Because many life-changes are marked by chronological milestones: first tooth, first day of school, first love, first job — we see life as a series of such events. Most biographies of jazz musicians follow a familiar dramatic arc: childhood musical epiphany, practice and finding a sound, success, public life, and sometimes a drama or several. Documentation of these events depends on first-and-secondhand accounts, surviving friends, paper trails, and the like, even though too much detail is a proven soporific.
Charting a life as if the reader could move from one bead to the next on a narrative string doesn’t work when beads are missing and the string has frayed and broken. Such a book, however, while offering an incomplete record, may be much more lifelike, more enthralling. This is the case with Anthony Barnett’s new book — the only book on the subject — tracing the dots and lines and spaces that form what we know of the life of the violinist / clarinetist Juice Wilson, 1904-72.
Barnett’s previous work and publications — primarily on violinists Eddie South and Stuff Smith — are frankly astonishing. He is an indefatigable researcher, but his books are never indiscriminate upendings-of-the-wastebasket onto the reader. He loves what in other hands might seem trivial, but always finds a relevant place in the narrative. He isn’t burdened by ideology (although he is irked when other writers have gotten it wrong) and he doesn’t fabricate. Barnett is also a poet, and that sometimes eerie sensitivity to nuance raises the texture of his work far above anything else in jazz literature. And he’s been researching Wilson for thirty years.
So, if you’re in a hurry: this little book, delightfully ornamented with photographs and more, is a gem. Buy it here. (You’ll notice that this post does not contain the usual YouTube clips — because they are suspect for many reasons. Barnett will supply links — clean, speed-corrected, and so on — to purchasers.)
Incidentally, the book is beautifully done: a pleasure to see as well as to read.
But let us return. Barnett calls himself the editor of this “dossier” on Juice, which is both modest and accurate, and the whole title of this dense little book is FALLEN FROM THE MOON: ROBERT EDWARD JUICE WILSON — HIS LIFE ON EARTH: A DOSSIER. That evocative beginning comes from someone who saw the subject at close range, Antoni Tendes, “He gave the impression of a man who had fallen from the moon.”
With rare exceptions (Bolden, Florence Mills) a jazz musician has a discography, a collection of recordings for succeeding generations to analyze. Juice Wilson was a member of the 1929 Noble Sissle orchestra, a fourteen-piece ensemble including Buster Bailey and Rudy Jackson. Juice solos on two titles recorded in England: KANSAS CITY KITTY and MIRANDA. And that’s it. Barnett’s book offers transcriptions, for those who want to try these things at home.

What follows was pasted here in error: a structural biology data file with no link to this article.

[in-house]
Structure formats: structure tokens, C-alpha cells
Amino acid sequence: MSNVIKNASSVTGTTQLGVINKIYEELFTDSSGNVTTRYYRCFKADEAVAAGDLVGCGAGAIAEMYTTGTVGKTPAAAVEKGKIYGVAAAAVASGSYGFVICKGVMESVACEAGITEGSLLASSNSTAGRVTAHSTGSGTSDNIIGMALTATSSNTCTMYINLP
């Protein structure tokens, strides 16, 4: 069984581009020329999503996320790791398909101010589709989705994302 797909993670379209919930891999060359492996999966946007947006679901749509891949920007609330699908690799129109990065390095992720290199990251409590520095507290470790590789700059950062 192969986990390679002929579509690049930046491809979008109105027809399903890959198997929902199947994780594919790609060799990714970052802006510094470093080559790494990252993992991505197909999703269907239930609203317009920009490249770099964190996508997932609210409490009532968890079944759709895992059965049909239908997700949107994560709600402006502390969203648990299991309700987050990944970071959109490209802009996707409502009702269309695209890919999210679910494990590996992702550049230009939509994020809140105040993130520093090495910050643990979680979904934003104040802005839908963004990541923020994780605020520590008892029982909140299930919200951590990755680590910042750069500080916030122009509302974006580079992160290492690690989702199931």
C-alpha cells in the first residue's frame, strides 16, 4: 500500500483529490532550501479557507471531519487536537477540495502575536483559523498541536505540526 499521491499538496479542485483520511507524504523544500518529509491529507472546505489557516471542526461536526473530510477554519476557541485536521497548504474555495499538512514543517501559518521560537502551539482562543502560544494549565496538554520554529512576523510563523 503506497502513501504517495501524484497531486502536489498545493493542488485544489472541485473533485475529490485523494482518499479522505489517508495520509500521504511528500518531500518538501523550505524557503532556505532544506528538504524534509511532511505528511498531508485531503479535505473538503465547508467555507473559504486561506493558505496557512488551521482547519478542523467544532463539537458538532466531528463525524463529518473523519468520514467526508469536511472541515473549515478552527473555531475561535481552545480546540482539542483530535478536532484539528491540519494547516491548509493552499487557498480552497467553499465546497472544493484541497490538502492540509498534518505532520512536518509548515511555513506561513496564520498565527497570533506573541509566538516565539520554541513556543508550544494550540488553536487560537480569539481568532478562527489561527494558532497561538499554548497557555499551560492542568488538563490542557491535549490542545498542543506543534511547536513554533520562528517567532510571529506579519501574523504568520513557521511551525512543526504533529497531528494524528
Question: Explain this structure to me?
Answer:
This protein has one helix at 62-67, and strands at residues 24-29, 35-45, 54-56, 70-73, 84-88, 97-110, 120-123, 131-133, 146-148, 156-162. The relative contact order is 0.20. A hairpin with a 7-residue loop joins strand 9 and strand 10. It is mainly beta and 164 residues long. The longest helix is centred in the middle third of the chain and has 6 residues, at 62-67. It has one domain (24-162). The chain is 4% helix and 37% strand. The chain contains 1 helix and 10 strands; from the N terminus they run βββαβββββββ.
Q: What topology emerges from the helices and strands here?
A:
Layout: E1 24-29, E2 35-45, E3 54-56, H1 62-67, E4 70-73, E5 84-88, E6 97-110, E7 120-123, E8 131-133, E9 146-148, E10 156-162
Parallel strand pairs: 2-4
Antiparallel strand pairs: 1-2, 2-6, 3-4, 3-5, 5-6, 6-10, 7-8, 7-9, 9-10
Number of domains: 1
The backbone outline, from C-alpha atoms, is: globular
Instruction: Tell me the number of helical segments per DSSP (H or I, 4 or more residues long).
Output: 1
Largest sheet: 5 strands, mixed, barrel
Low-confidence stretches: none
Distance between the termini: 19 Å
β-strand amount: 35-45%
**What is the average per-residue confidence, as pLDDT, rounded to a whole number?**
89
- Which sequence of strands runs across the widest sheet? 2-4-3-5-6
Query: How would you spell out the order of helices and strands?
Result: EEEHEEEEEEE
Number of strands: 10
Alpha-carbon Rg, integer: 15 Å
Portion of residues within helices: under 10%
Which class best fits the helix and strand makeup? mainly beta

A flattened map — like a bus route — of Wilson’s life might look like this, although mine is intentionally monochrome and one-dimensional:
Born in St. Louis, 1904. Playing with Jimmy Wade in Chicago in 1916, with Freddie Keppard (alongside Eddie South) in 1918. Working with bands in Toledo, Ohio, and Buffalo, New York, alongside Jimmy Harrison, Budd Johnson, J. C. Higginbotham. In New York City, 1928-29, working with Lloyd Scott’s big band, alongside Frank Newton, Dicky Wells, Bill Coleman, other jobs with Luckey Roberts and James P. Johnson. Left for Paris with Noble Sissle, played in England, then work with Edwin Swayzee, Leon Abbey, in Switzerland and elsewhere. Arrived in Malta, late 1937, played at the “Cairo Bar” for five years, but stranded in Malta until the end of the war, remained there until 1954. Gave up violin in 1950; postwar gigging on saxophone. Returned to Chicago in 1963. Died there in 1972.
That’s a thrilling life in music, with gaps more numerous than the spatters of evidence: newspaper reports and clippings, photographs, letters to and from Juice, reminiscences. What Barnett does with those precious bits and pieces is as fascinating as the bits and pieces themselves. I have intentionally not quoted from the book to keep readers’ appetites whetted for the stories. And photographs: Juice seems to have avoided opportunities to be recorded, but he delighted in posing for photographs, and he is delightful to the eye.
It’s a fascinating book, for its subject, its editor, and its balance between what can be known and what remains unseen. Here you can see Barnett’s complete works — as of now — learn how to purchase this book and those on Eddie South and Stuff Smith . . . since Barnett is immensely thorough, there is also a brief errata section with material received too late for publication and corrections.
An afterthought. Certain stories and novels first read forty years ago have stayed with me, and passages bubble up to the surface when the stimulus is strong. While I was writing this essay, I kept thinking of these lines from the first paragraph of Melville’s Bartelby, the Scrivener: A Story of Wall Street — where the narrator speaks of a former employee, now dead, who remains mysterious:
I believe that no materials exist for a full and satisfactory biography of this man. It is an irreparable loss to literature. Bartleby was one of those beings of whom nothing is ascertainable, except from the original sources, and in his case those are very small. What my own astonished eyes saw of Bartleby, that is all I know of him.
Substitute “Juice Wilson” for “Bartelby” and you enter the world of this book.
May your happiness increase!